By Keith Somerville
In a series of interviews with media such as the BBC’s Hardtalk and the Independent Sir Michael Barber, the chief education adviser for the Pearson global publishing and education giant, has been pushing hard the idea of for-profit schools for the very poorest in Africa. The idea is that, to quote his Hardtalk interview, the poorest will pay 3, 4 or five dollars a month to go to school at primary level and 10 to 12 a month at higher levels of education.
He says the aim is to help achieve the UN target of getting all children into at least primary education by 2015 – a goal which Africa is lagging behind in it attempts to attain. Pearson would invest $15 million in the scheme and would hope to sell out its minority share in each enterprise at a profit in 7 to ten years. Barber said there is huge potential in the vast global education market and that there is an important role for profit in education.
Citing alleged successes in for-profit schooling by Pearson in Delhi and Karachi, he said this showed that schools for the poorest in society that charged a fee could work to improve educational provision while making a profit for Pearson and local majority investors. What he didn’t say was just how poor the families were that used the schools and how many of the poorest just simply couldn’t afford it. The view was that if it worked in India and Pakistan it would work in Africa.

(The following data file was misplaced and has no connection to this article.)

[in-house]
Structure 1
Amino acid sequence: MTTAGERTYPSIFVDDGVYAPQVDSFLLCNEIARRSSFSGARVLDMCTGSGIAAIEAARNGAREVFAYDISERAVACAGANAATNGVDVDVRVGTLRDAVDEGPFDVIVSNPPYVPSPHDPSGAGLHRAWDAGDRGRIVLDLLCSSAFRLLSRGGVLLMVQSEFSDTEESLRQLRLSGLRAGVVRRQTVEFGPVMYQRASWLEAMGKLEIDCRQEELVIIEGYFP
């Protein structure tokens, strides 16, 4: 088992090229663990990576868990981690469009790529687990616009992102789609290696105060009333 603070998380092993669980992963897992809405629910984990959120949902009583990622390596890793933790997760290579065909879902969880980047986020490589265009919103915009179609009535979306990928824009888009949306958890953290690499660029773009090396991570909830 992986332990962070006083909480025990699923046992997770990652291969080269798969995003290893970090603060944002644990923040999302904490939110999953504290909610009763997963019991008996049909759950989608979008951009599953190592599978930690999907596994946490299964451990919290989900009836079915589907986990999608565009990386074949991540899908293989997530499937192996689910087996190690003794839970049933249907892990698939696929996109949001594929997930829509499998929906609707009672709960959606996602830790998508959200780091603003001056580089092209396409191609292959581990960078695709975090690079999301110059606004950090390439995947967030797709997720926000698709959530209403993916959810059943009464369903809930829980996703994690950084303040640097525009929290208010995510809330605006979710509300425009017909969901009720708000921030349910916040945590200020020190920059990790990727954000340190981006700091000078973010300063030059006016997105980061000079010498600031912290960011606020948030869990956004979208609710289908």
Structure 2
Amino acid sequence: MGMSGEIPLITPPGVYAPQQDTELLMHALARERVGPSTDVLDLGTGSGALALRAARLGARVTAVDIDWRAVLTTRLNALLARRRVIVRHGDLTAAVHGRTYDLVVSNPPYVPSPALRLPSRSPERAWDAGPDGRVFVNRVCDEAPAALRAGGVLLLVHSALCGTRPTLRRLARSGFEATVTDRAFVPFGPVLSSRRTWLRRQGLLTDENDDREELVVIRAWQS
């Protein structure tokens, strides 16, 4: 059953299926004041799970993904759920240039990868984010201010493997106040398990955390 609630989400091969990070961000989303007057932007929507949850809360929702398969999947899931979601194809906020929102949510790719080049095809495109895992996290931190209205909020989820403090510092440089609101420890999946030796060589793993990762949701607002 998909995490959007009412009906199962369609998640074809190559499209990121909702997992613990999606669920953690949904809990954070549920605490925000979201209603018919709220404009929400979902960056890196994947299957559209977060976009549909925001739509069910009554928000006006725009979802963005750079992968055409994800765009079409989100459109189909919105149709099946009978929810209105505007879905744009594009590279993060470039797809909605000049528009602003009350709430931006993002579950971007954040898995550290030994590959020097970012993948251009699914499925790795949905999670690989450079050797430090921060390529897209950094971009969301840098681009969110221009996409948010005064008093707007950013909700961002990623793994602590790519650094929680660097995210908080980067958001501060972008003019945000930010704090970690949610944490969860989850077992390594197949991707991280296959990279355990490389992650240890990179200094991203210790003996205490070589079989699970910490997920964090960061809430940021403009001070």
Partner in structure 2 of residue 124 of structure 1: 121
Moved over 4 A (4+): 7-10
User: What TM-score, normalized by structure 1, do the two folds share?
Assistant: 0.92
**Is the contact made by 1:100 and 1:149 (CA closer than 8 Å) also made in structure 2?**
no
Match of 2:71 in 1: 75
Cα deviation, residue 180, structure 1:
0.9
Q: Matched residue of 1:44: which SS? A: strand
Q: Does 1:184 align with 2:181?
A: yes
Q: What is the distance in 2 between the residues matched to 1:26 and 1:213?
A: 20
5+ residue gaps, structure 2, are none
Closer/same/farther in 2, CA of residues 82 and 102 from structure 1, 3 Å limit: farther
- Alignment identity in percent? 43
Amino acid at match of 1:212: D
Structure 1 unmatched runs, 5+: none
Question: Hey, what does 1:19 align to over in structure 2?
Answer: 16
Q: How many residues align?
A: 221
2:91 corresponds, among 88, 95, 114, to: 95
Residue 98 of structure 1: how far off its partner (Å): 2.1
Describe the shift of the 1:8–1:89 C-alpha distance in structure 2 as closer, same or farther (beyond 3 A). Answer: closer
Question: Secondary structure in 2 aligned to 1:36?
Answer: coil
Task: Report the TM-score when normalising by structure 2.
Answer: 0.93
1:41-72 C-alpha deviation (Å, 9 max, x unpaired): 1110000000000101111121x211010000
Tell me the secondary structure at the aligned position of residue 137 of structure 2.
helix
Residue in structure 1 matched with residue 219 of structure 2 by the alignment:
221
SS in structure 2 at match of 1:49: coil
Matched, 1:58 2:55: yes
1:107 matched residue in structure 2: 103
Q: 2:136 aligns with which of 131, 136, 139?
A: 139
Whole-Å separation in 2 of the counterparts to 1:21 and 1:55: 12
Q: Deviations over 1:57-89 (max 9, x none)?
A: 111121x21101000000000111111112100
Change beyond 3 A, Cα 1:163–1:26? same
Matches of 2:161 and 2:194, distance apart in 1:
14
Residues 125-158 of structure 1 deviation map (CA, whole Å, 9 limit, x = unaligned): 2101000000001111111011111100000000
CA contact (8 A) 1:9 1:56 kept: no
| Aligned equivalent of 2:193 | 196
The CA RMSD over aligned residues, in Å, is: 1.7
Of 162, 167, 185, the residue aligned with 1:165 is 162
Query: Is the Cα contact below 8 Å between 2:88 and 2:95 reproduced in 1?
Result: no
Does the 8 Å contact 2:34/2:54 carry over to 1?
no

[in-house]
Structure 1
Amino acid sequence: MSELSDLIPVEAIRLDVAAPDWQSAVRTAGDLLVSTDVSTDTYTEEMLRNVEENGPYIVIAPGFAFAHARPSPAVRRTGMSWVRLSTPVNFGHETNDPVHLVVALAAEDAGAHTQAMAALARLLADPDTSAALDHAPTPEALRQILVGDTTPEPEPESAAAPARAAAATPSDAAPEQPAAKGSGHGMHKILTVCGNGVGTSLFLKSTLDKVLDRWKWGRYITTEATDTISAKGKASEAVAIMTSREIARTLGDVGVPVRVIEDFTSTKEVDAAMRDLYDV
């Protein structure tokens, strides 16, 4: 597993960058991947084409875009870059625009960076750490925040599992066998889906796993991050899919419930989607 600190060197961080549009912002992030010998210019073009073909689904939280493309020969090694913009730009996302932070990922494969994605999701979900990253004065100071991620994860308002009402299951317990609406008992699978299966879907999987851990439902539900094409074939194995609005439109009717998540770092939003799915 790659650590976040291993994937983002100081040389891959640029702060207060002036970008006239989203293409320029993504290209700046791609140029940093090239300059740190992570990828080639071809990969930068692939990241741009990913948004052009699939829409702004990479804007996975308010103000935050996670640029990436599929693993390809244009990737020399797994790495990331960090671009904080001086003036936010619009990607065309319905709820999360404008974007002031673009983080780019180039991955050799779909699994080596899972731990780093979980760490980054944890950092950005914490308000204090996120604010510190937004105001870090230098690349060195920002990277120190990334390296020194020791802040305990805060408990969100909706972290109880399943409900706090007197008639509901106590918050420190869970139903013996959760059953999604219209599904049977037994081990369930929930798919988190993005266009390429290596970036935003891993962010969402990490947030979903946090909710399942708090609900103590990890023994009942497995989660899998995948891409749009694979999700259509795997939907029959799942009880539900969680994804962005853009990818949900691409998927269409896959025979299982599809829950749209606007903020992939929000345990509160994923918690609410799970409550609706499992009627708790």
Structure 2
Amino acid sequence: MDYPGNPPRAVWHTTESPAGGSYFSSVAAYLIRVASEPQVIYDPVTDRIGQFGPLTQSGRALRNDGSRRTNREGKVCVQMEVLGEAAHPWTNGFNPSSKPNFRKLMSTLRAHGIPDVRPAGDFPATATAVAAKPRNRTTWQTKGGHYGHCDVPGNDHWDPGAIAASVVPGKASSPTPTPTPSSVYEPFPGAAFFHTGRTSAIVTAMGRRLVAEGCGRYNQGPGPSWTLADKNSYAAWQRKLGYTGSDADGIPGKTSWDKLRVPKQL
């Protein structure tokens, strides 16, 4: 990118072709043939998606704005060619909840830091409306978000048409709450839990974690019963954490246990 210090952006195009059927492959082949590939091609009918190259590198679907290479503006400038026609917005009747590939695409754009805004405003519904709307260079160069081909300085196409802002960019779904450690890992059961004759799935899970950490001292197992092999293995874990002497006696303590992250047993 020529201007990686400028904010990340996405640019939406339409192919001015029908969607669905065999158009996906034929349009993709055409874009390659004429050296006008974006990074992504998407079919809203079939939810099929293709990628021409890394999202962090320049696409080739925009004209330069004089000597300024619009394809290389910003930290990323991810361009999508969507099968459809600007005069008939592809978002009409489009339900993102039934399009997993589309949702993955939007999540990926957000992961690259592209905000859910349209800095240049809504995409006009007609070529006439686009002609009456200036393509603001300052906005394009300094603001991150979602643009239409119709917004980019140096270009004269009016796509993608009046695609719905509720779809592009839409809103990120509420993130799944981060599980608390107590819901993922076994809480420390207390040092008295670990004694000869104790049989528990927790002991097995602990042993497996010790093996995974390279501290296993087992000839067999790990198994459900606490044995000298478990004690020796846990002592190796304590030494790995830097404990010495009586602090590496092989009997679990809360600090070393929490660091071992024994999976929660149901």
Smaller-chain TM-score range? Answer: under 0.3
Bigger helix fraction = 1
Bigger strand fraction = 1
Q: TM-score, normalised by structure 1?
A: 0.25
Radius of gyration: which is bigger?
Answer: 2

But there are huge questions to be asked and in his interviews he evaded them or wasn’t pressed hard on them (as far as one could see from what was published or broadcast). These questions revolve both around the amount of income the very poor have available to pay for schooling, the problem of making very broad brush comparisons between South Asia and Africa and the likelihood of private investors in Africa being willing to put up sufficient funds over a long enough period to fund schools without endangering the far more extensive and important government-run education sector while having a level of sustainability.
Poverty and the lack of sufficient cash income is the key issue, though. Delhi is India’s richest area – its per capita income exceeds that for anywhere else in India and vastly exceeds that of most of Africa – including Accra in Ghana (where Pearson has started a school). The average per capita income (and yes, there are huge disparities between rich and poor in India) in Delhi is $3,020; in Accra (richer than other areas of Ghana and far richer than most of rural Africa) it is $1,519, with the lowest quartile on $195. If you pay the lowest rate quoted by barber of $3 a month that is still more than a sixth of a poor family’s income to educate just one child at primary level. At higher level at his lower figure of $10 a day, it is nearly two thirds of an annual family income to educate a child. The Pearsonn executive said that the schools had been hugely successful in India and Pakistan making up 70% of provision in some areas – but he was not asked what happened to government schools in those areas and what proportion of the poorest in those areas could not afford to pay and could then lose out completely if government schools close.